In virtually every meeting he attended, a kind, sensitive and beloved pillar of the church pleaded, “What can we do to attract younger adults and younger families?” His concern was well-intentioned. North American churches have been in decline since the late 1950’s; and, he has worked hard all his life to build his congregation and keep it strong. Now advanced in age, he continues to do more than most church members do; but his energy and strength are fading and he’s concerned about seeing all his work go down the drain. Much church energy over the last few decades has been devoted to “attracting younger adults and younger families.”
It will be 55 years this August since I preached my first sermon at Hickory Tree Baptist Church in Balch Springs, Texas. I was 18. During the years of my undergraduate schooling and military service I preached now and then, doing youth revivals and filling the pulpit when pastors were away.
In August, 1968 I returned from Vietnam, was released from active duty and began work on my Master of Divinity at the Graduate Seminary of Phillips University in Enid, Oklahoma. I also was called as Student Pastor to First Christian Church of Waynoka, Oklahoma (almost in the panhandle; go to the end of the world and turn left).
From then until October of 2005, I was a parish minister. That was the time of decline in the North American church, and not even the emergence of entrepreneurial mega-churches slowed down the decline. By the time I retired no denomination or association of churches had escaped the slide.
Strangely, while church membership and participation decreased, surveys and polls in the 90s began to indicate that 95% of North Americans (plus or minus, depending upon the poll) believed in God. Religious emphasis weeks on college and university campuses attracted crowds, especially if featured speakers were celebrities or practitioners of magic, eastern mysticism, witchcraft, Satanism or other fringe religion.
Around the turn of the 21st century phrases began to emerge, like, “I’m spiritual but not religious,” and Canadian churchman, Thomas G. Bandy collected and assimilated related data and identified what he called the largest and fastest growing spiritual population in North America: “the spiritually yearning, institutionally disillusioned public.” The majority of that population, he observed, was under 40 years of age.
When one observes the typical church in North America, the overwhelming majority of those participating will older than 60, it will be in a survival mode and its oft-repeated mantra is, “What can we do to attract younger adults and younger families?”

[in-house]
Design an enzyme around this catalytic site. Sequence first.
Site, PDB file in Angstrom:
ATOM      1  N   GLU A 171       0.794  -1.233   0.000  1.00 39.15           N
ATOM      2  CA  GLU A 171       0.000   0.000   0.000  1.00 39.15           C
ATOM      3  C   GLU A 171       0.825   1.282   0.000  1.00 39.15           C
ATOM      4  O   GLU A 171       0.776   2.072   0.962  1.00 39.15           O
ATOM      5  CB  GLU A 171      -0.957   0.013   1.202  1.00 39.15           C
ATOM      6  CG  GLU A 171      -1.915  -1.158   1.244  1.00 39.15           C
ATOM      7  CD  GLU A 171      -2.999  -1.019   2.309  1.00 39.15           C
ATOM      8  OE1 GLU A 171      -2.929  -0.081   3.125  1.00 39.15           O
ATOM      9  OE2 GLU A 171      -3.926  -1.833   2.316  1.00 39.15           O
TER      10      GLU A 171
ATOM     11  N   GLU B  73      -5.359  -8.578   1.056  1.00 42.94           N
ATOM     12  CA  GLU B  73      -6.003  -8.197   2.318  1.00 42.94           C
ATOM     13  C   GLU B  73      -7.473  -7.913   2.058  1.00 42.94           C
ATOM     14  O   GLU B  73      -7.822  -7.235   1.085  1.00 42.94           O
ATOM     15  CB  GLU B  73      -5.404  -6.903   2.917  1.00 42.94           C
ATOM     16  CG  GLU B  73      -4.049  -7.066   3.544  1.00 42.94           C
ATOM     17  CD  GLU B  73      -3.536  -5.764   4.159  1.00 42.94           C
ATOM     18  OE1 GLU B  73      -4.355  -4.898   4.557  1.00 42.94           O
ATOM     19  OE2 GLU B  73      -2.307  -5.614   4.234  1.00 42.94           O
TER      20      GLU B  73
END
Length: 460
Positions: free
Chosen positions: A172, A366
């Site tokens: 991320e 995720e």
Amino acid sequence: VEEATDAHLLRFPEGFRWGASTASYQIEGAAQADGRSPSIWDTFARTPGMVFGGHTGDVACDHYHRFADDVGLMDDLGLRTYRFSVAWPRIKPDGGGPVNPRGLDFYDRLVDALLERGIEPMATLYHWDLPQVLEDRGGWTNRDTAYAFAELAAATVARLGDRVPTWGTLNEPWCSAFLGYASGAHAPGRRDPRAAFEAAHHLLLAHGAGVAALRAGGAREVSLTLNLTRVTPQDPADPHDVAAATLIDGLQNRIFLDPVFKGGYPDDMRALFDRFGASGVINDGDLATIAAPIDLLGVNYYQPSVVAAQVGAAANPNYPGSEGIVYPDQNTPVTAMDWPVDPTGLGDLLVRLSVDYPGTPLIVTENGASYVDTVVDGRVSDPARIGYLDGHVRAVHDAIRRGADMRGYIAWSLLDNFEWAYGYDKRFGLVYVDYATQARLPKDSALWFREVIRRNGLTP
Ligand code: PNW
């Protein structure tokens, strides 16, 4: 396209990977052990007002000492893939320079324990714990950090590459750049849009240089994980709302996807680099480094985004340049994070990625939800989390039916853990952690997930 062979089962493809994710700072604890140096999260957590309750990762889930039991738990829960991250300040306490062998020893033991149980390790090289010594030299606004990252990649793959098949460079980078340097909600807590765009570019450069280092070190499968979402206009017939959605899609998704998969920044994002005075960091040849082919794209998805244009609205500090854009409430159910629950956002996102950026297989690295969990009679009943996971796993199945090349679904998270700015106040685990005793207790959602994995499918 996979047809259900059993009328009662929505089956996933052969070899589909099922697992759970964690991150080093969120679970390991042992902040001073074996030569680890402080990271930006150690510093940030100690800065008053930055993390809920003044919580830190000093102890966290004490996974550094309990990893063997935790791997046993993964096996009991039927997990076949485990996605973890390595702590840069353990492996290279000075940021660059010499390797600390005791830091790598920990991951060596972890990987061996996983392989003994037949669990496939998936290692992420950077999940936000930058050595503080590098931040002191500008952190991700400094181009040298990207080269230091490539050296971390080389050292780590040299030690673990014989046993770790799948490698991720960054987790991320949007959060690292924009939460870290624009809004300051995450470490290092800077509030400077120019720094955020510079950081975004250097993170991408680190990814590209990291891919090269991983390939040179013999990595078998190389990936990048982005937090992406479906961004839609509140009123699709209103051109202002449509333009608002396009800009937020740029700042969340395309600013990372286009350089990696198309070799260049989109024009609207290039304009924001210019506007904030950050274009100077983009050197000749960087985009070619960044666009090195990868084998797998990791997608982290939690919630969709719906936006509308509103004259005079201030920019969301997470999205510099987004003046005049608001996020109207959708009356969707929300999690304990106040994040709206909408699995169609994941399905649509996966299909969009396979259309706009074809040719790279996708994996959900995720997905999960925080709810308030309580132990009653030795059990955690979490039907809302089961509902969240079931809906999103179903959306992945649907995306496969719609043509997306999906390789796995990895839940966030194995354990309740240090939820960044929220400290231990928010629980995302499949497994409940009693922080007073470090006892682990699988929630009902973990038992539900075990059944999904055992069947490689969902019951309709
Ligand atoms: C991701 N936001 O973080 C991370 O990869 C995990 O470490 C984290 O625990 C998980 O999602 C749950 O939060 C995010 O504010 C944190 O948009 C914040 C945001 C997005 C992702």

About that same time the 1991 landmark work of William Strauss and Neil Howe, Generations, was making an impact on those who studied spiritual, religious and ecclesiastical components of society. During my work as Transitional Minister I have focused, with observable effect, on what my parents and grandparents called “the generation gap;” except that today that gap is a multiple one, separating six generations!
What I have discovered is that the primary strategy by which the church struggles to survive is precisely what’s strangling it to death: cutting expenses—and therefore ministries—across the board. In my estimation, it would be better to narrow a congregation’s focus and to adequately fund one or two meaningful ministries, than to try to keep the entire traditional slate of seven (or however many) functional committees operating on shoestrings. There’s just not enough mayonnaise left in the jar to spread the whole loaf!
That economic strategy is one symptom of the church’s death rattle that has been heard for several decades: “We never did it that way before.”
My favorite definition of insanity is “doing the same thing again and expecting a different result.” Try this: if you want to attract young adults and young families, ask them what they want from a spiritual experience, and do that. You probably will discover that you don’t have to replace the organ and the choir with drums, guitar and video screens, although you may end up using both.
Theologian Walter Wink writes: “American culture is presently in the first stages of a spiritual renaissance. To the degree that this renaissance is Christian at all, it will be the human figure of Jesus that galvanizes hearts to belief and action, and not the Christ of the creeds or the Pauline doctrine of justification by grace through faith.”
Everything I hear and read regarding the spirituality of millennial generations affirms the accuracy of Wink’s statement. Millennials care little about doctrines or denominations or congregational polity. They want know how to follow Jesus—to be more like Jesus. My nephew, a Millennial and a prolific writer, has embarked on a one-year project to discover through study, prayer and praxis what it means to follow Jesus (myjesusproject.com).
And so, when I came across a book whose subtitle includes the phrase, “Why We All Need to Learn to Read Scripture Like Jesus Did,” I was interested. It’s been challenging, as you can discover by reading my previous seven blogs. It’s also enlightening and inspiring, and I believe it points us in the right direction.
I’m with the Millennials in that I really am not vested in the survival of any church or congregation unless that church or congregation has a passion to follow Jesus. I agree with Walter Wink that American Culture is in the first stages of a spiritual renaissance, and I want to be in on it.
That’s how I see it through the flawed glass that is my world view.
Together in the Walk,